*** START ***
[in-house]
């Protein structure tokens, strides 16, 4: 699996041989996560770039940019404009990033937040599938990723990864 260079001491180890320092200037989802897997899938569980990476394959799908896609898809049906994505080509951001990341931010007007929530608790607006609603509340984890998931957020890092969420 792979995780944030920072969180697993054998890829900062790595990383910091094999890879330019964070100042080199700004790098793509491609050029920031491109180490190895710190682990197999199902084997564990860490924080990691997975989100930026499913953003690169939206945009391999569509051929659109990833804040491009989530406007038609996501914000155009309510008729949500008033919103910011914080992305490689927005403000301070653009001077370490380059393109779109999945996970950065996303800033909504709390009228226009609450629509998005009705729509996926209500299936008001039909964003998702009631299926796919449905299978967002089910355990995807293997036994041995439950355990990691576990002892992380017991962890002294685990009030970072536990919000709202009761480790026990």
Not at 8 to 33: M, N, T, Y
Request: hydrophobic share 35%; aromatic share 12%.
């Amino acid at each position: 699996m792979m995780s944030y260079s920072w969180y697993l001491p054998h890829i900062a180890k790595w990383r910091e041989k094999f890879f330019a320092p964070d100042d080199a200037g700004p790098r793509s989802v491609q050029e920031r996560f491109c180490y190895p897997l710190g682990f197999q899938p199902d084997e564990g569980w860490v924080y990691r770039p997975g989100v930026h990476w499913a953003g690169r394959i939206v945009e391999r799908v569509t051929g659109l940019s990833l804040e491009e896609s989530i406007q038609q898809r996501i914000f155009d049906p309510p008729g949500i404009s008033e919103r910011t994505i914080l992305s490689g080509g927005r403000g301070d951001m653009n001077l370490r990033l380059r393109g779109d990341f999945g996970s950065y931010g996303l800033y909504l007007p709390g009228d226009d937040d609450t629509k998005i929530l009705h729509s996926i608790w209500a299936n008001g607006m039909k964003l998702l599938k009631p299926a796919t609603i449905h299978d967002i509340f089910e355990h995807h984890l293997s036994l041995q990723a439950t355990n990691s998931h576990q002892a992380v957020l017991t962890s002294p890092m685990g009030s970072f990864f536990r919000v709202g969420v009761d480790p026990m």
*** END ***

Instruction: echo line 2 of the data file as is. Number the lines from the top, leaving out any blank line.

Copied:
């Protein structure tokens, strides 16, 4: 699996041989996560770039940019404009990033937040599938990723990864 260079001491180890320092200037989802897997899938569980990476394959799908896609898809049906994505080509951001990341931010007007929530608790607006609603509340984890998931957020890092969420 792979995780944030920072969180697993054998890829900062790595990383910091094999890879330019964070100042080199700004790098793509491609050029920031491109180490190895710190682990197999199902084997564990860490924080990691997975989100930026499913953003690169939206945009391999569509051929659109990833804040491009989530406007038609996501914000155009309510008729949500008033919103910011914080992305490689927005403000301070653009001077370490380059393109779109999945996970950065996303800033909504709390009228226009609450629509998005009705729509996926209500299936008001039909964003998702009631299926796919449905299978967002089910355990995807293997036994041995439950355990990691576990002892992380017991962890002294685990009030970072536990919000709202009761480790026990």